Liberty Square: Power, History and Race in Miami

A look at the past, present and future of Miami-Dade County's oldest public housing project, Liberty Square. Built by FDR during the new deal, it was the first segregated housing development in the United States and now faces an uncertain future as a $300 million redevelopment gets underway.

  • Moses Shumow
  • Moses Shumow
  • Walter Rivera
  • Diego Saldaña-Rojas
  • Project Type:
  • Runtime:
    32 minutes
  • Completion Date:
    November 7, 2016
  • Production Budget:
    3,000 USD
  • Country of Origin:
    United States
  • Country of Filming:
    United States
  • Language:
  • Shooting Format:
  • Aspect Ratio:
  • Film Color:
  • First-time Filmmaker:
  • Student Project:
Director Biography - Moses Shumow

Moses Shumow, Ph.D., is an Associate Professor in the College of Communication, Architecture + The Arts at Florida International University in Miami. Dr. Shumow’s research is on the connections between media and geography, and has focused particularly on the production and consumption of immigrant and Spanish-language media in South Florida and nationally. His work has been published in the International Journal of Communication, Visual Communication, Journal of Urban Affairs, Journalism, Journalism Practice, and Media, Culture and Society. He is the editor of Mediated Communities: Civic Voices, Empowerment and Media Literacy in the Digital Age (Peter Lang, 2014), and co-author of the forthcoming News, Neoliberalism, and Miami’s Fragmented Urban Space (Lexington, December 2016). Prior to earning his Ph.D., Dr. Shumow worked for nearly a decade in documentary filmmaking and was a member of production teams for nationally broadcast programs on PBS, Discovery Networks, History Channel, and National Geographic.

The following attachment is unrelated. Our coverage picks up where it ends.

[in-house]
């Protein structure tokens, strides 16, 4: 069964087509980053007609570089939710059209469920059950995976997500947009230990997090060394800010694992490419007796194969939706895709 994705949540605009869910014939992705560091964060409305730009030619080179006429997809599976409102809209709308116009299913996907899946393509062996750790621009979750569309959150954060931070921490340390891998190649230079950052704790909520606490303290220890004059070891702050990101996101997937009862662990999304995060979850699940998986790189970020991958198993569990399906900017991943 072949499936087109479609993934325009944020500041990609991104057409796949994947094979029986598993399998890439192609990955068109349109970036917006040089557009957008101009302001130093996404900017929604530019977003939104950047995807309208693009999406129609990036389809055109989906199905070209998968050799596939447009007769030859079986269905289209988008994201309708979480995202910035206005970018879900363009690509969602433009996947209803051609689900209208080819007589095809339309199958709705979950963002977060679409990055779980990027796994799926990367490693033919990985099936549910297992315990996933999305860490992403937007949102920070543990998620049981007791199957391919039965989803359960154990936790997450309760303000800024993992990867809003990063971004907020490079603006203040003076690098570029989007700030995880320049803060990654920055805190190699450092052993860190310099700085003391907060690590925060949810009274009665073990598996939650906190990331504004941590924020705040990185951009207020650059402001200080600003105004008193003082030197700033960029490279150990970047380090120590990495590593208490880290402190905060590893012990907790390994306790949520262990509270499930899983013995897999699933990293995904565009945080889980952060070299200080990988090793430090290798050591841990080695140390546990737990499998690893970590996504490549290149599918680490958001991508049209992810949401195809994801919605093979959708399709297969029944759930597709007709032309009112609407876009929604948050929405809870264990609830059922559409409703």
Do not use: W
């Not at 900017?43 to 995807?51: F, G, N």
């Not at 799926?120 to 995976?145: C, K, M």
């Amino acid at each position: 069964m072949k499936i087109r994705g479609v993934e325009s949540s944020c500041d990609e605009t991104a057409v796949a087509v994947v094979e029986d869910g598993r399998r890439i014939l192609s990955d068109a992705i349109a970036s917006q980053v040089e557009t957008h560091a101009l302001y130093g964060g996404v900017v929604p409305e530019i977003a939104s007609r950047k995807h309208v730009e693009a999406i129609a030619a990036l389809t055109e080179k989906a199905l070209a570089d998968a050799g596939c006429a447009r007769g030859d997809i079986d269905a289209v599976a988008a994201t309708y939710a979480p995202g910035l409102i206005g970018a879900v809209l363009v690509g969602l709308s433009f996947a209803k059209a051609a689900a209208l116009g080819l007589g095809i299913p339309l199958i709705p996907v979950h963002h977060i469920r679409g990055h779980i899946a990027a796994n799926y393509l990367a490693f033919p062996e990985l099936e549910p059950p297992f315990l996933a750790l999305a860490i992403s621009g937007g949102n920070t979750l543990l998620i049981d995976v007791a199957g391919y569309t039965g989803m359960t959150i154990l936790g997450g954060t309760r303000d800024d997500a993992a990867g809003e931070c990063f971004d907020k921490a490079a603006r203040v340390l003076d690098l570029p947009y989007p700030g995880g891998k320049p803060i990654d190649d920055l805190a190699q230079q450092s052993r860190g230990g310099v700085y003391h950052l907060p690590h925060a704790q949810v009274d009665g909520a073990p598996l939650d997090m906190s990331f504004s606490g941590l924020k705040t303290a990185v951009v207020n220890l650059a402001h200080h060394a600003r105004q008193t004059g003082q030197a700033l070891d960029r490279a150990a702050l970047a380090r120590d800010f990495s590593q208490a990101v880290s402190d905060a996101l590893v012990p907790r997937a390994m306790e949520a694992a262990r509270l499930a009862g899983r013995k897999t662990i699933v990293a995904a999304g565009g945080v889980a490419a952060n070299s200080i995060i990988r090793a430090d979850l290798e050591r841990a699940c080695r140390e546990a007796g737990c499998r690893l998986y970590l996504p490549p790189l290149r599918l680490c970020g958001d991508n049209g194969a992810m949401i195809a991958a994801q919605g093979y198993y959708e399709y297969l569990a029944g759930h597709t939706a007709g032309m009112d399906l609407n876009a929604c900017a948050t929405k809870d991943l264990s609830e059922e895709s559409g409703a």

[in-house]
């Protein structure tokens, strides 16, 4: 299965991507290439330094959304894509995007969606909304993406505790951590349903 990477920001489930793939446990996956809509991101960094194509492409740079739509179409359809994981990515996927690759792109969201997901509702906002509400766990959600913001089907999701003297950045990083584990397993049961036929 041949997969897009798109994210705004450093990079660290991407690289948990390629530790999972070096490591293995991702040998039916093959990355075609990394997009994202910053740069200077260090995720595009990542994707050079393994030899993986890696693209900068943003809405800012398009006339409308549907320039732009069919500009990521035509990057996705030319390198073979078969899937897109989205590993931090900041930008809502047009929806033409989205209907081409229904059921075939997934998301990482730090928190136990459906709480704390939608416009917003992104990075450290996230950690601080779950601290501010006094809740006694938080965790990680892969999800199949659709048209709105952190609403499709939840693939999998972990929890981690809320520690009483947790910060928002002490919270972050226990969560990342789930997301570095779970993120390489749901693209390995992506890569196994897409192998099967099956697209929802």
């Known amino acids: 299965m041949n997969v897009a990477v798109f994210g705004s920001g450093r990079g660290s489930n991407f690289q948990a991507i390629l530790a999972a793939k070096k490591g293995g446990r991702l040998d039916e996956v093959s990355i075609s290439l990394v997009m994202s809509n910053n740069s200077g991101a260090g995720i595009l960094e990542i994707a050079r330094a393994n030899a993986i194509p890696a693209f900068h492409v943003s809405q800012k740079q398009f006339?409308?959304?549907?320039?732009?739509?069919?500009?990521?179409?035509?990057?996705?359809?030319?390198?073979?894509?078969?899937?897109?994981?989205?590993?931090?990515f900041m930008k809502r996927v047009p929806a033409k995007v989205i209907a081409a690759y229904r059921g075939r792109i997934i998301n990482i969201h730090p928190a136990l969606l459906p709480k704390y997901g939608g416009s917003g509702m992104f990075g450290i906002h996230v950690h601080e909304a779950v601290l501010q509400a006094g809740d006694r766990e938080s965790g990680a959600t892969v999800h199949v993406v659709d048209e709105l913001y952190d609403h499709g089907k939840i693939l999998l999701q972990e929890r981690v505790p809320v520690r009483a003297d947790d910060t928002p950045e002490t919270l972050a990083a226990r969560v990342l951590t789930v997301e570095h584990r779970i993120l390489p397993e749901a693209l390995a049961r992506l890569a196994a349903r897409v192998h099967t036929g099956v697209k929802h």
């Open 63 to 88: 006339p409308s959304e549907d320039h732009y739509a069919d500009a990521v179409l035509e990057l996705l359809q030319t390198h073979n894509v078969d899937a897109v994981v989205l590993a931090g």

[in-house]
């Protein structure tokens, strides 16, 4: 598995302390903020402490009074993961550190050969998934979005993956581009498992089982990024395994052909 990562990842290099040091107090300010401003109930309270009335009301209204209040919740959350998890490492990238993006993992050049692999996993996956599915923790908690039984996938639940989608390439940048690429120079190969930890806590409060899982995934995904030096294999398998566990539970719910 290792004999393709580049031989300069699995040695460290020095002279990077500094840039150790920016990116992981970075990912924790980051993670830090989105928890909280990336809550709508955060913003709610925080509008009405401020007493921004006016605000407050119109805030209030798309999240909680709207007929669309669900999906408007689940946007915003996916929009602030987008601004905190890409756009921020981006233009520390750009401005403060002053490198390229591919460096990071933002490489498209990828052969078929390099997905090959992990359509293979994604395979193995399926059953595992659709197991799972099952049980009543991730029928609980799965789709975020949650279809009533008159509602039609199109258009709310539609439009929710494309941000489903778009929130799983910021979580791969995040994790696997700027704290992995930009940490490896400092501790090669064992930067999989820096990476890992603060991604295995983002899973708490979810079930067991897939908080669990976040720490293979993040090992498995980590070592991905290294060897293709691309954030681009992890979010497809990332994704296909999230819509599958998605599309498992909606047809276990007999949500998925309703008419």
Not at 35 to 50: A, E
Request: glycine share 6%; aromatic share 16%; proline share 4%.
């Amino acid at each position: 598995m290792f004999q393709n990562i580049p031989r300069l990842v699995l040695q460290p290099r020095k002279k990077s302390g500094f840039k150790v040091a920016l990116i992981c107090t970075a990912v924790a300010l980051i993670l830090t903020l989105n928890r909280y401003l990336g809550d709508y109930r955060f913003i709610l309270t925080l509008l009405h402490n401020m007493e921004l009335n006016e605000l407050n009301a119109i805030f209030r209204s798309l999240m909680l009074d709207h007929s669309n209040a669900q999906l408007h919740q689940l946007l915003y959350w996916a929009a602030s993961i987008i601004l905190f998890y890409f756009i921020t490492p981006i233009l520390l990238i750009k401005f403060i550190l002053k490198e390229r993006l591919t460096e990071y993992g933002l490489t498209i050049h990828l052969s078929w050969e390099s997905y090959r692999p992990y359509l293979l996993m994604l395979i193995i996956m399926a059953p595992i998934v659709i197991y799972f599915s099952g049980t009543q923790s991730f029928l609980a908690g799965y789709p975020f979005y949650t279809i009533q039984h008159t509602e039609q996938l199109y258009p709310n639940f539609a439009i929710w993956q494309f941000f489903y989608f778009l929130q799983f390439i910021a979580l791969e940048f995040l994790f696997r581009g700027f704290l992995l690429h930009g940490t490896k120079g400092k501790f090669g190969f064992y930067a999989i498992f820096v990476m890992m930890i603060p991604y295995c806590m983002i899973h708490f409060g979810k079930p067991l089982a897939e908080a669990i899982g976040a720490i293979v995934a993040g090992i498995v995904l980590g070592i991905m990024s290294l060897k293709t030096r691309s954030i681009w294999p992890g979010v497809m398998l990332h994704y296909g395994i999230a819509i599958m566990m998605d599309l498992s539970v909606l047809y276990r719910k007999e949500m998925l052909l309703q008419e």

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Director Statement

This documentary tells the story of the Liberty Square Housing Development, which was built in 1937 and is one of the oldest public housing projects in the country and the first segregated project, built specifically for Miami’s black residents at the time. Over the years, as a result of neglect and disinvestment, it has become a place where tragedy and violence are all too familiar, in stark contrast to the hopes and dreams of the working-class black community in Miami that it used to represent.

In 2015, the housing project was targeted by Miami-Dade County for razing and redevelopment. Under this plan, the entire project will be torn down and new, mixed-use housing — meaning both public, subsidized and market rate units — will be built in its place. Because I have been working in the community for several years, I became interested in both capturing the important history of this community, telling the stories of the people who live there now, and bearing witness as change looming on the horizon.